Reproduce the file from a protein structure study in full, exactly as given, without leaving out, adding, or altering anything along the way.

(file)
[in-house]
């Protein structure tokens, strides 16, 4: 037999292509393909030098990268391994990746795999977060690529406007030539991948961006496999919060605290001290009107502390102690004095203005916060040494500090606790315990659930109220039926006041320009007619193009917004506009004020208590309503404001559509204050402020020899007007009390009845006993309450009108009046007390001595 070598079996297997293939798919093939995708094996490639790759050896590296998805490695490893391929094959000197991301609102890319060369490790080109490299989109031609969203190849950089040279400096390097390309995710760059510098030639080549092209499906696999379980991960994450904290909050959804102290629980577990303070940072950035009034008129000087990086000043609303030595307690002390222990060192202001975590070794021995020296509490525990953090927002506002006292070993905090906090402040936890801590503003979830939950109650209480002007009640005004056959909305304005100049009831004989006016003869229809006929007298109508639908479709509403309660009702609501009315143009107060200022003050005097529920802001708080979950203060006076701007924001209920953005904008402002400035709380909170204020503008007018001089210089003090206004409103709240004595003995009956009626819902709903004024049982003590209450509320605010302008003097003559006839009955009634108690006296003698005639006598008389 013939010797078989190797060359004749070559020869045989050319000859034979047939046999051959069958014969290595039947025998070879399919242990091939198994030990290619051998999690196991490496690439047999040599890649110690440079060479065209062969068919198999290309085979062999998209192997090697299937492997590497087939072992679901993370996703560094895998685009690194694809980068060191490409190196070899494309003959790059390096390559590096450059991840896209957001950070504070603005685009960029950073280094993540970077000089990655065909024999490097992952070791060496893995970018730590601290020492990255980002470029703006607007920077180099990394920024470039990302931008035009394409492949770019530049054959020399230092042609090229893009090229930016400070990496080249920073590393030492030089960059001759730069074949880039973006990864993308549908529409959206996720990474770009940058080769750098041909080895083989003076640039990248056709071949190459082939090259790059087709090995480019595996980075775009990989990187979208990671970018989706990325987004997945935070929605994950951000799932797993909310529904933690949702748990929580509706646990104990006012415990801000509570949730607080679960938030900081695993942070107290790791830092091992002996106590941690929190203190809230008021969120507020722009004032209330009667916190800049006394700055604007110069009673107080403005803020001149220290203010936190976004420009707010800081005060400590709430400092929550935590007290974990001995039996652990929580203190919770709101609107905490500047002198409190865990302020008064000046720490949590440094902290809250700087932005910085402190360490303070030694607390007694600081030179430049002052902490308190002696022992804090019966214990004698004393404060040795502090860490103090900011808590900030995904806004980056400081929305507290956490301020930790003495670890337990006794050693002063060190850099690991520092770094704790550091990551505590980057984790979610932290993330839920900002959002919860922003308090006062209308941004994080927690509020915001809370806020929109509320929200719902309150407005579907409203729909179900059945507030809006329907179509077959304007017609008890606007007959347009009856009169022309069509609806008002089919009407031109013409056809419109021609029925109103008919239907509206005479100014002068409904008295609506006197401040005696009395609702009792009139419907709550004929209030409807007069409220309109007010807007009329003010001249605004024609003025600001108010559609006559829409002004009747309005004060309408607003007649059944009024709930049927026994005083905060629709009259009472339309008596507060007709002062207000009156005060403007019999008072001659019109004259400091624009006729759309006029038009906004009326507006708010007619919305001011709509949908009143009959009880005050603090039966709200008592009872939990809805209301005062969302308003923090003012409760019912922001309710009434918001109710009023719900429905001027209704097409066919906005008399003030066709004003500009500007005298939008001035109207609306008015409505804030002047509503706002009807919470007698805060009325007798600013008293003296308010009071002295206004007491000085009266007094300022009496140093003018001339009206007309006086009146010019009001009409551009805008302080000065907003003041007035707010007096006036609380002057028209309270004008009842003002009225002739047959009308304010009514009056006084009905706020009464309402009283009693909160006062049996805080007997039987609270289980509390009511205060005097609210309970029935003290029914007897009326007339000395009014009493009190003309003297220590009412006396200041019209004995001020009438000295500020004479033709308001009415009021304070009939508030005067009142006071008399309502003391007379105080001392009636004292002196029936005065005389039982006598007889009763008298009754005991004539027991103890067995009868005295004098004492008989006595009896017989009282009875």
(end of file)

[in-house]
């Protein structure tokens, strides 16, 4: 037999292509393909030098990268391994990746795999977060690529406007030539991948961006496999919060605290001290009107502390102690004095203005916060040494500090606790315990659930109220039926006041320009007619193009917004506009004020208590309503404001559509204050402020020899007007009390009845006993309450009108009046007390001595 070598079996297997293939798919093939995708094996490639790759050896590296998805490695490893391929094959000197991301609102890319060369490790080109490299989109031609969203190849950089040279400096390097390309995710760059510098030639080549092209499906696999379980991960994450904290909050959804102290629980577990303070940072950035009034008129000087990086000043609303030595307690002390222990060192202001975590070794021995020296509490525990953090927002506002006292070993905090906090402040936890801590503003979830939950109650209480002007009640005004056959909305304005100049009831004989006016003869229809006929007298109508639908479709509403309660009702609501009315143009107060200022003050005097529920802001708080979950203060006076701007924001209920953005904008402002400035709380909170204020503008007018001089210089003090206004409103709240004595003995009956009626819902709903004024049982003590209450509320605010302008003097003559006839009955009634108690006296003698005639006598008389 013939010797078989190797060359004749070559020869045989050319000859034979047939046999051959069958014969290595039947025998070879399919242990091939198994030990290619051998999690196991490496690439047999040599890649110690440079060479065209062969068919198999290309085979062999998209192997090697299937492997590497087939072992679901993370996703560094895998685009690194694809980068060191490409190196070899494309003959790059390096390559590096450059991840896209957001950070504070603005685009960029950073280094993540970077000089990655065909024999490097992952070791060496893995970018730590601290020492990255980002470029703006607007920077180099990394920024470039990302931008035009394409492949770019530049054959020399230092042609090229893009090229930016400070990496080249920073590393030492030089960059001759730069074949880039973006990864993308549908529409959206996720990474770009940058080769750098041909080895083989003076640039990248056709071949190459082939090259790059087709090995480019595996980075775009990989990187979208990671970018989706990325987004997945935070929605994950951000799932797993909310529904933690949702748990929580509706646990104990006012415990801000509570949730607080679960938030900081695993942070107290790791830092091992002996106590941690929190203190809230008021969120507020722009004032209330009667916190800049006394700055604007110069009673107080403005803020001149220290203010936190976004420009707010800081005060400590709430400092929550935590007290974990001995039996652990929580203190919770709101609107905490500047002198409190865990302020008064000046720490949590440094902290809250700087932005910085402190360490303070030694607390007694600081030179430049002052902490308190002696022992804090019966214990004698004393404060040795502090860490103090900011808590900030995904806004980056400081929305507290956490301020930790003495670890337990006794050693002063060190850099690991520092770094704790550091990551505590980057984790979610932290993330839920900002959002919860922003308090006062209308941004994080927690509020915001809370806020929109509320929200719902309150407005579907409203729909179900059945507030809006329907179509077959304007017609008890606007007959347009009856009169022309069509609806008002089919009407031109013409056809419109021609029925109103008919239907509206005479100014002068409904008295609506006197401040005696009395609702009792009139419907709550004929209030409807007069409220309109007010807007009329003010001249605004024609003025600001108010559609006559829409002004009747309005004060309408607003007649059944009024709930049927026994005083905060629709009259009472339309008596507060007709002062207000009156005060403007019999008072001659019109004259400091624009006729759309006029038009906004009326507006708010007619919305001011709509949908009143009959009880005050603090039966709200008592009872939990809805209301005062969302308003923090003012409760019912922001309710009434918001109710009023719900429905001027209704097409066919906005008399003030066709004003500009500007005298939008001035109207609306008015409505804030002047509503706002009807919470007698805060009325007798600013008293003296308010009071002295206004007491000085009266007094300022009496140093003018001339009206007309006086009146010019009001009409551009805008302080000065907003003041007035707010007096006036609380002057028209309270004008009842003002009225002739047959009308304010009514009056006084009905706020009464309402009283009693909160006062049996805080007997039987609270289980509390009511205060005097609210309970029935003290029914007897009326007339000395009014009493009190003309003297220590009412006396200041019209004995001020009438000295500020004479033709308001009415009021304070009939508030005067009142006071008399309502003391007379105080001392009636004292002196029936005065005389039982006598007889009763008298009754005991004539027991103890067995009868005295004098004492008989006595009896017989009282009875």